Takahiro Fujimoto, a professor and theexecutive director of the ManufacturingManagement Research Center at theUniversity of Tokyo, also stressed theimportance of retaining manufacturingcapabilities at home, especially asJapan, unlike economies such as theU.S., has no strong agriculture orservice sector that it can sell inoverseas markets but has to rely onmanufacturing.Prof. Takahiro Fujimoto is a Professor of Graduate School of Economics,Department pf Business and Market Studies, the University of Tokyo.
Strategic Management @ 2013 MonotsukuriTHE FUTURE OF THE JAPANESEINDUSTRIES: AN APPROACH INTERM OF DESIGN-BASEDCOMPARATIVE ADVANTAGETakahiro FUJIMOTOProfessor, Faculty of Economics,MMRC, University of Tokyo
Strategic Management @ 2013 Dynamic capabilities“the ability to integrate, build, and reconfigureinternal and external competencies to addressrapidly changing environments”.Teeces concept of dynamic capabilities is atheory about the source of corporate agility:"the capacity (1) to sense and shapeopportunities and threats, (2) to seizeopportunities, and (3) to maintaincompetitiveness through enhancing,combining, protecting, and, when necessary,reconfiguring the business enterprisesintangible and tangible assets.”Prof. David Teece, the Thomas W. Tusher Professor in Global Business andfaculty director of the Institute for Business Innovation
Strategic Management @ 2013 SIDNEY G. WINTERDeloitte and Touche ProfessorEmeritus of ManagementGiovanni Dosi is Professor at theSantAnna School of AdvancedStudies in PisaRichard R. Nelson is an Americanprofessor of economics atColumbia University.
Strategic Management @ 2013 What are Microfoundations? David J. TeeceMicrofoundations are “elements” of Dynamic Capabilities. They consist ofdiscrete process/methodologies/structures that undergird clusters of dynamiccapabilitiesI. Routines/Methodologies• Organizational Routines– Ex: product development along a known trajectory• Analytical Methodologies– Ex: investment choicesII. Individual Acts and Action• Creative managerial and entrepreneurial acts– Ex: pioneering a new market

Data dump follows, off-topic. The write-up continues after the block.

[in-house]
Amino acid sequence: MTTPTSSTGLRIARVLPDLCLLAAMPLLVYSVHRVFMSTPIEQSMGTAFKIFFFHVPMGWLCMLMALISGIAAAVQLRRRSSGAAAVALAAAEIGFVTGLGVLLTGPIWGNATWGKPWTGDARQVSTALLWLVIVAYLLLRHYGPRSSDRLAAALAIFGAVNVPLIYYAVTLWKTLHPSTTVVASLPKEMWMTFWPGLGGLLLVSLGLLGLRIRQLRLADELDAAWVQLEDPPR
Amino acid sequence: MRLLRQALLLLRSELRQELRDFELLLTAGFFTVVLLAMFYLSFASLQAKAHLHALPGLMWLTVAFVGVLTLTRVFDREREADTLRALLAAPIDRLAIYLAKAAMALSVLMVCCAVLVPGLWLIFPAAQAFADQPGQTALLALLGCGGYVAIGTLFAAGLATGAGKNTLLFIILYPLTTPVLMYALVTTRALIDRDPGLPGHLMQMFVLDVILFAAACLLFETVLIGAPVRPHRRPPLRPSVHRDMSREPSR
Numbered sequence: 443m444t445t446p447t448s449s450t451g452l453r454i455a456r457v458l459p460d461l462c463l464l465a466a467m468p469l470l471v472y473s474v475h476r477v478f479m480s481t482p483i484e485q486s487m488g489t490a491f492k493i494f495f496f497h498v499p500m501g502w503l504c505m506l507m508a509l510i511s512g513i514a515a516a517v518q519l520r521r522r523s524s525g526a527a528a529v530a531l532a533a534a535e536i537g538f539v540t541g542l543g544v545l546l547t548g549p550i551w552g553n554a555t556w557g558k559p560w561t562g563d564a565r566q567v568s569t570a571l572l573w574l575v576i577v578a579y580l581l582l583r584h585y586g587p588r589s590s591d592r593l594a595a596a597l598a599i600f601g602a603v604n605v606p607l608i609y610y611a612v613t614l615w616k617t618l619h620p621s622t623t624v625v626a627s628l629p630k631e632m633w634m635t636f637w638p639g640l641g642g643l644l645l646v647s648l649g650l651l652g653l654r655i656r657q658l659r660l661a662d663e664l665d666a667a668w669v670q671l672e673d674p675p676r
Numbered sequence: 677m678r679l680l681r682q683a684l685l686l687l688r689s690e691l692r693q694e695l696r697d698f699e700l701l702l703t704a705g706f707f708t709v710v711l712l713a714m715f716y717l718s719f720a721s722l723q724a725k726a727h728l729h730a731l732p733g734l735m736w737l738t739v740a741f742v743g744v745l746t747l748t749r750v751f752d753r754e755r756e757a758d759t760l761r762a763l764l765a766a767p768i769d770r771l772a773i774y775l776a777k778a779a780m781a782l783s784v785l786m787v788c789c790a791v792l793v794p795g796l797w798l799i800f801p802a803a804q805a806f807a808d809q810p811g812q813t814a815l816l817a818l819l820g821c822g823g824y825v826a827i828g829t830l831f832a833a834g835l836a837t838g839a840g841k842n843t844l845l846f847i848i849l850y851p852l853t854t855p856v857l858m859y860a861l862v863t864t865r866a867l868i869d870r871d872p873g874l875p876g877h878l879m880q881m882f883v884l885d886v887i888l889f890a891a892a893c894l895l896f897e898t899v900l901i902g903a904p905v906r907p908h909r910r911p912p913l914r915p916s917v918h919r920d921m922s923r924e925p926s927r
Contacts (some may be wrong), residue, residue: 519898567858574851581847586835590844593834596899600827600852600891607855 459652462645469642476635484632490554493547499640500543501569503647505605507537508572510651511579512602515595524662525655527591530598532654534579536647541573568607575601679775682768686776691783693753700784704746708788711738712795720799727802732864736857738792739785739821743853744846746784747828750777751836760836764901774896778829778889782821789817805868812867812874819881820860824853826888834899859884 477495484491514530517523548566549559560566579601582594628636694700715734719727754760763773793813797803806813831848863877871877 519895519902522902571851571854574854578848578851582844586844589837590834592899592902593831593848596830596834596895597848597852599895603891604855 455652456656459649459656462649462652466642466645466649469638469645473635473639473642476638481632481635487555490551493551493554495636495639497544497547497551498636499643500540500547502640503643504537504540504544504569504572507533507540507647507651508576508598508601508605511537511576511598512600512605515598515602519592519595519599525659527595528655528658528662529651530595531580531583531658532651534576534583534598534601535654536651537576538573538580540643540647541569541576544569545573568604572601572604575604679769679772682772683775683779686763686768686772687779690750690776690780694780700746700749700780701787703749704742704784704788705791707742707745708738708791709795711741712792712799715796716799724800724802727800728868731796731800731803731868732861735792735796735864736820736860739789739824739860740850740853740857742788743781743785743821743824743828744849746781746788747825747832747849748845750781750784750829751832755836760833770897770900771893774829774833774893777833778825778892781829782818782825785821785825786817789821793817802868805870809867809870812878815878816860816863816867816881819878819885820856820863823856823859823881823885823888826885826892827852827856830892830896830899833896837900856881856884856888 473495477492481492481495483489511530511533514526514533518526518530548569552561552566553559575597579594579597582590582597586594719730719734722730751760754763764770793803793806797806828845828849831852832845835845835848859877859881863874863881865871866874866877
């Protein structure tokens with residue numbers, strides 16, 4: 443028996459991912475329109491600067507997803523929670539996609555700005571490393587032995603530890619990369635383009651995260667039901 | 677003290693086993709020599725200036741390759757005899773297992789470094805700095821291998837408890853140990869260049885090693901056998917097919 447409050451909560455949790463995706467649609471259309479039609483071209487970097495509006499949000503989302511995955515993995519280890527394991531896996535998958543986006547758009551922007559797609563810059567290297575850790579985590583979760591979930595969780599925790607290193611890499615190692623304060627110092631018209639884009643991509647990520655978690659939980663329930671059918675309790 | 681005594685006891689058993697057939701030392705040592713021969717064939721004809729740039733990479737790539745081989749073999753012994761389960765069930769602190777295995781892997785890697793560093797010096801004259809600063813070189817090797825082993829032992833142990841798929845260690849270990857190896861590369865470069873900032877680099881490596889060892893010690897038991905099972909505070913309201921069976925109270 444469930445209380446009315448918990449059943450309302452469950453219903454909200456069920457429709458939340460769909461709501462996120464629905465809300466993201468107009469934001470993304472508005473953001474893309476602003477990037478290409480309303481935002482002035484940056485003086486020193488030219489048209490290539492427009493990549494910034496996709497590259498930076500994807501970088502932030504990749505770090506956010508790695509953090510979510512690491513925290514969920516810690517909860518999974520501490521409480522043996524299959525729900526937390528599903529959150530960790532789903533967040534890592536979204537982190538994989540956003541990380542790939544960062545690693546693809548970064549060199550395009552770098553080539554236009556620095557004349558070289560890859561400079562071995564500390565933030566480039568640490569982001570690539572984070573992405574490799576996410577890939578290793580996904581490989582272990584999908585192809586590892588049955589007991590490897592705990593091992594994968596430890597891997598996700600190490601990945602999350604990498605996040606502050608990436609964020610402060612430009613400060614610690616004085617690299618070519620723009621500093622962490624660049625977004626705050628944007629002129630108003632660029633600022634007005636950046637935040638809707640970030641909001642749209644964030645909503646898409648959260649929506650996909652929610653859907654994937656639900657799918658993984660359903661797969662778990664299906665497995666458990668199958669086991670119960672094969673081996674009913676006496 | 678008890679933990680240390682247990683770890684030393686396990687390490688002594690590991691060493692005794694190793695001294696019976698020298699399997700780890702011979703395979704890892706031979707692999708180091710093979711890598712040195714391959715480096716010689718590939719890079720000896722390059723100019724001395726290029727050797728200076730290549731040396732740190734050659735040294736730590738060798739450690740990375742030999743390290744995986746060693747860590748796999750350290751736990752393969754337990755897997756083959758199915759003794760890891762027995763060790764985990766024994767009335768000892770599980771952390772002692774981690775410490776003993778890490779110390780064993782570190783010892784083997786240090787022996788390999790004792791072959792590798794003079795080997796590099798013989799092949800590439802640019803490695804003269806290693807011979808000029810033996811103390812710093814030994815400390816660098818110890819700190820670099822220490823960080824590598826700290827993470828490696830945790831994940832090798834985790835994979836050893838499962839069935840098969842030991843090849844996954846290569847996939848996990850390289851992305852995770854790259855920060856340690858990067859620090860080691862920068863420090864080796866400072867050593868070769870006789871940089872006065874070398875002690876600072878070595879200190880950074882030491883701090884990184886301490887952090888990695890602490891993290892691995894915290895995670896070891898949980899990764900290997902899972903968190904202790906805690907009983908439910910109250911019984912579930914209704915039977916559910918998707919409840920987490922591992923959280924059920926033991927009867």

Strategic Management @ 2013 Three Clusters of Microfoundations*• Sensing– Identification and assessment of an opportunity– Easiest to embed in the organization• Seizing– Mobilization of resources to address an opportunity and to capture value• Transforming– Continued renewal– Inherently difficult to routinize• Each cluster is supported by organizational process; but also by theentrepreneurial and leadership capabilities of the top management team27*“Explicating Dynamic Capabilities: The Nature and Microfoundations of (Sustainable) Enterprise Performance”, StrategicManagement Journal, 28:13 (December 2007), 1319-1350.
What might faster and more effective look like in practice?That is to say that an individual does not necessarily need to be sensing and responding everyhour, instead they need to do it faster and more effectively than competitors